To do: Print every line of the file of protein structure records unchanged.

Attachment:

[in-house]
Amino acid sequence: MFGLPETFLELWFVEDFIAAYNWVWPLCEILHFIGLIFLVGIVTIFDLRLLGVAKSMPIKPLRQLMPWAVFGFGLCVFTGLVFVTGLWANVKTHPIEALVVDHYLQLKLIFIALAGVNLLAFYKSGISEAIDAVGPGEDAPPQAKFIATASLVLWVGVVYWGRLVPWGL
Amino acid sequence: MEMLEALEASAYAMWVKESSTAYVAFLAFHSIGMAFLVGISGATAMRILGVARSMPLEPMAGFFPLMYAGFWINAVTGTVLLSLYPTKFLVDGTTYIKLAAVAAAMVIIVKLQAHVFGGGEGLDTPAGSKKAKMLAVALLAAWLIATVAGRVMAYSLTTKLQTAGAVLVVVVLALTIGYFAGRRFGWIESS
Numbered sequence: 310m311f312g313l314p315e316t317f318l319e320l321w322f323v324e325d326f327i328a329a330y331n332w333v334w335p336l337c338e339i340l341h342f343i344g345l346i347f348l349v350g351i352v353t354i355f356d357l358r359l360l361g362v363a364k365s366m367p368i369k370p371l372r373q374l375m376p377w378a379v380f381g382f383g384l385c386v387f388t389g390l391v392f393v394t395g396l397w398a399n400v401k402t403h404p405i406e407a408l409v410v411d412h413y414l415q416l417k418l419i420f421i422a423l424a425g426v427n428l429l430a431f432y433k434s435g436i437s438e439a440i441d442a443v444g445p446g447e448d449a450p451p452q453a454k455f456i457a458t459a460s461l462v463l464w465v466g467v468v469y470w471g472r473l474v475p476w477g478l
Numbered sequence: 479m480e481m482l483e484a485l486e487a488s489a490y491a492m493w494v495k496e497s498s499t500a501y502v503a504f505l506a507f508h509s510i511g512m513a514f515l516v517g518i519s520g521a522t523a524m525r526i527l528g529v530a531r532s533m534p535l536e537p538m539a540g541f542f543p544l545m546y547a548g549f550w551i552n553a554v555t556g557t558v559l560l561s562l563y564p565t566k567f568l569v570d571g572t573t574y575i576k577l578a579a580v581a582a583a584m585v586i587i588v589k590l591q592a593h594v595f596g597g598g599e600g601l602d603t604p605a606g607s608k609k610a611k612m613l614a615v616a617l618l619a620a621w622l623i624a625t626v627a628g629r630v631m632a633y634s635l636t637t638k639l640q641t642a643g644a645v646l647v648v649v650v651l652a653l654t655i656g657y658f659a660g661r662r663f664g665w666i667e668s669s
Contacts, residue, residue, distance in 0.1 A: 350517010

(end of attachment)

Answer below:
[in-house]
Amino acid sequence: MFGLPETFLELWFVEDFIAAYNWVWPLCEILHFIGLIFLVGIVTIFDLRLLGVAKSMPIKPLRQLMPWAVFGFGLCVFTGLVFVTGLWANVKTHPIEALVVDHYLQLKLIFIALAGVNLLAFYKSGISEAIDAVGPGEDAPPQAKFIATASLVLWVGVVYWGRLVPWGL
Amino acid sequence: MEMLEALEASAYAMWVKESSTAYVAFLAFHSIGMAFLVGISGATAMRILGVARSMPLEPMAGFFPLMYAGFWINAVTGTVLLSLYPTKFLVDGTTYIKLAAVAAAMVIIVKLQAHVFGGGEGLDTPAGSKKAKMLAVALLAAWLIATVAGRVMAYSLTTKLQTAGAVLVVVVLALTIGYFAGRRFGWIESS
Numbered sequence: 310m311f312g313l314p315e316t317f318l319e320l321w322f323v324e325d326f327i328a329a330y331n332w333v334w335p336l337c338e339i340l341h342f343i344g345l346i347f348l349v350g351i352v353t354i355f356d357l358r359l360l361g362v363a364k365s366m367p368i369k370p371l372r373q374l375m376p377w378a379v380f381g382f383g384l385c386v387f388t389g390l391v392f393v394t395g396l397w398a399n400v401k402t403h404p405i406e407a408l409v410v411d412h413y414l415q416l417k418l419i420f421i422a423l424a425g426v427n428l429l430a431f432y433k434s435g436i437s438e439a440i441d442a443v444g445p446g447e448d449a450p451p452q453a454k455f456i457a458t459a460s461l462v463l464w465v466g467v468v469y470w471g472r473l474v475p476w477g478l
Numbered sequence: 479m480e481m482l483e484a485l486e487a488s489a490y491a492m493w494v495k496e497s498s499t500a501y502v503a504f505l506a507f508h509s510i511g512m513a514f515l516v517g518i519s520g521a522t523a524m525r526i527l528g529v530a531r532s533m534p535l536e537p538m539a540g541f542f543p544l545m546y547a548g549f550w551i552n553a554v555t556g557t558v559l560l561s562l563y564p565t566k567f568l569v570d571g572t573t574y575i576k577l578a579a580v581a582a583a584m585v586i587i588v589k590l591q592a593h594v595f596g597g598g599e600g601l602d603t604p605a606g607s608k609k610a611k612m613l614a615v616a617l618l619a620a621w622l623i624a625t626v627a628g629r630v631m632a633y634s635l636t637t638k639l640q641t642a643g644a645v646l647v648v649v650v651l652a653l654t655i656g657y658f659a660g661r662r663f664g665w666i667e668s669s
Contacts, residue, residue, distance in 0.1 A: 350517010